Saturday, May 31, 2008
Tuesday, May 27, 2008
Tuesday, May 20, 2008
Monday, May 19, 2008
Sunday, May 18, 2008
Friday, May 16, 2008
We give the honor and glory to the "ONE" that ordained marriage. In our marriage vows the words were :
Wilt thou have this woman to be thy wedded wife, to live together after God's ordinance in the holy estate of matrimony? Wilt thou love her, comfort her, honor her and keep her, in sickness and in health: and forsaking all others , keep thee only unto her as long as ye both shall live? Then, of course the wife promises to love, honor, obey etc. Marriage is 100% on both sides. I have always heard 50-50 but which 50 was always my question!
Here are a few things we found important in our marriaage.
First of all, seek God's will for the "right" companion. Remember - it is for life!
Keep yourselves pure!
We did not have instructions on dating and marriage - but I can tell you The Blessed Holy Spirit will lead you and show you (just like He did us) that there are certain things you do not do before marriage. The only advise I remember getting was from a pastor's wife. She said: Even though you trust each other, you cannot trust the devil. I have forever been thankful for that little tidbit of advise. It kept us both where we should be with each other and with the Lord.
Then, after marriage set up a family altar. Marriage does take three. The Lord and the couple that gets married. Prayer is so essential to a marriage. How many times over the past fifty years have we had to call on Him? He was always there to help.
Then the woman should know her place in marriage. Ephesians 5:21-24 "Wives, submit yourselves unto your own husbands, as unto the Lord. For the husband is the head of the wife, even as Christ is the head of the church: and he is the savior of the body. Therefore as the church is subject unto Christ, so let the wives be to their own husbands in everything."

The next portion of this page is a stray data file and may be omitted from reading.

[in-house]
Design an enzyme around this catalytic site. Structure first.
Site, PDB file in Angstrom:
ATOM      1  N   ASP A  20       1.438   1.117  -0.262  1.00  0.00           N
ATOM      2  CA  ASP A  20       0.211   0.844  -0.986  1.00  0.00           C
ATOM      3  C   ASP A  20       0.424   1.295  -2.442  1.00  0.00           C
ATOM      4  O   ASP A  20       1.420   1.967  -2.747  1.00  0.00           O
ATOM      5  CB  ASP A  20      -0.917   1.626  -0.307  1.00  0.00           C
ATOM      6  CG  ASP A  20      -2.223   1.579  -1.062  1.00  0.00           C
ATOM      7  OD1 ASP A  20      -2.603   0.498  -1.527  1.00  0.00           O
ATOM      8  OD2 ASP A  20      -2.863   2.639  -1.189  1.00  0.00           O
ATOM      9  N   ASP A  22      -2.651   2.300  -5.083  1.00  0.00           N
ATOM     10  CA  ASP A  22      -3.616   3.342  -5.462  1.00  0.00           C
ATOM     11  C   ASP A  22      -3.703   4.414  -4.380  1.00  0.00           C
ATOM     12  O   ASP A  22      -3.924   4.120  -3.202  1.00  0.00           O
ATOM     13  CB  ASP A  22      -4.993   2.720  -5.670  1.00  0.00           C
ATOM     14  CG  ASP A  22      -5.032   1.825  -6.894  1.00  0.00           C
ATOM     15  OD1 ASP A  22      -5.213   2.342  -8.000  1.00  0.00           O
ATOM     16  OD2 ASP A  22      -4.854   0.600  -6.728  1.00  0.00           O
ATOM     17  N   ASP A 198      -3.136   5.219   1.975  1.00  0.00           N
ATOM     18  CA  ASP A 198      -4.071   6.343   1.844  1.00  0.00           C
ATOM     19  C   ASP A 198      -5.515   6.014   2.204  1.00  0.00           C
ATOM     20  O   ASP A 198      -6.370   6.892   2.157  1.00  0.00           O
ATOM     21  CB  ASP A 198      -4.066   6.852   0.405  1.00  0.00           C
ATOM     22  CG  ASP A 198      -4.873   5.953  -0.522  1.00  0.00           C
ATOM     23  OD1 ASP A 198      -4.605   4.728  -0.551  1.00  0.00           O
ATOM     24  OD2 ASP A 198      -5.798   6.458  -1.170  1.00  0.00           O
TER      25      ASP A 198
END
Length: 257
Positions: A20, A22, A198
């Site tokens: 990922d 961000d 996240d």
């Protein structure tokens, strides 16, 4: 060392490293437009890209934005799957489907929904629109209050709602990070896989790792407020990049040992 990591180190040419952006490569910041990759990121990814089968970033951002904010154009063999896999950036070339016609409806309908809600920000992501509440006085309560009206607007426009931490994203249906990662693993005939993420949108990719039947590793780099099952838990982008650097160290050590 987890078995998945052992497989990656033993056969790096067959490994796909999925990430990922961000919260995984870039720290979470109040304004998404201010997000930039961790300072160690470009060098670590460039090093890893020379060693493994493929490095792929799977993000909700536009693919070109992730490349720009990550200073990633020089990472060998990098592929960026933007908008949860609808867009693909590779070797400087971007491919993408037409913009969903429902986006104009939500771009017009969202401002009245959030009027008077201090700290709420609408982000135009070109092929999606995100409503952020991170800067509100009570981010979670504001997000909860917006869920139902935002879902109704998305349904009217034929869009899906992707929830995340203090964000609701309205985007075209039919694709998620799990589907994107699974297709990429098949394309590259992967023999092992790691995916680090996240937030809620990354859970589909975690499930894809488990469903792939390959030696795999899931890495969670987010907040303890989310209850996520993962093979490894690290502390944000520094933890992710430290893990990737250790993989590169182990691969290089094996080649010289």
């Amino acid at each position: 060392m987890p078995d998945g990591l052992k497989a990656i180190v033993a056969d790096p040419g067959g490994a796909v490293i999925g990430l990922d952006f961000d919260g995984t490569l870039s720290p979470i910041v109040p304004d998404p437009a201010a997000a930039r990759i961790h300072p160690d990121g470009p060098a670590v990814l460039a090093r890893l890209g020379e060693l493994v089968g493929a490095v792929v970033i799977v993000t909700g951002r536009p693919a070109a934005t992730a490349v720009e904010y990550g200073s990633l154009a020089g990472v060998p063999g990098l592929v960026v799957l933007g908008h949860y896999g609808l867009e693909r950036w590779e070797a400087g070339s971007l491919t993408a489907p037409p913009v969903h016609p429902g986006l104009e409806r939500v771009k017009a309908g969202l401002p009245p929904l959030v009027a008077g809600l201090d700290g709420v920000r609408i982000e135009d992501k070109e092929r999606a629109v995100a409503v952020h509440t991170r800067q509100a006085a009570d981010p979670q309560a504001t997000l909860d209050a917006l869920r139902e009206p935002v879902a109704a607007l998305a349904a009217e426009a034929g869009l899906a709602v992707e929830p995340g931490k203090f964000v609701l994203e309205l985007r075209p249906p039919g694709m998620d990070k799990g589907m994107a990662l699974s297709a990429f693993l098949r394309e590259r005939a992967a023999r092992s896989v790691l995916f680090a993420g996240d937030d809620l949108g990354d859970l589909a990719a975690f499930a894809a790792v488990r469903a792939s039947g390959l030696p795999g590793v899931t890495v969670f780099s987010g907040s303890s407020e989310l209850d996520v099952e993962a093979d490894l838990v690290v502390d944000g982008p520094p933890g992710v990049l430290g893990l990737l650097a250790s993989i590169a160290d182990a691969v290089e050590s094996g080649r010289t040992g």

Yes, the husband is the head of the home. He is the King of the castle so to speak. But I'm his queen! (I'm sure he will like being called a king.) Well, King Silas and I worked together. We usually discussed major issues together- but he made the final decision. Sometimes it was not what I would have chosen, but most of the time he was right. I did not have the wisdom to see what he may have seen.
His decision when we got married was that he was to go out and make the living and I would be the keeper of the home. Had things ever gotten bad, then he would re-consider. But through the years I have never had to work outside the home. It was because Silas was willing to work two jobs. Did we have everything we wanted? No! But we have always had everything we needed.
Don't put a whole lot on material things.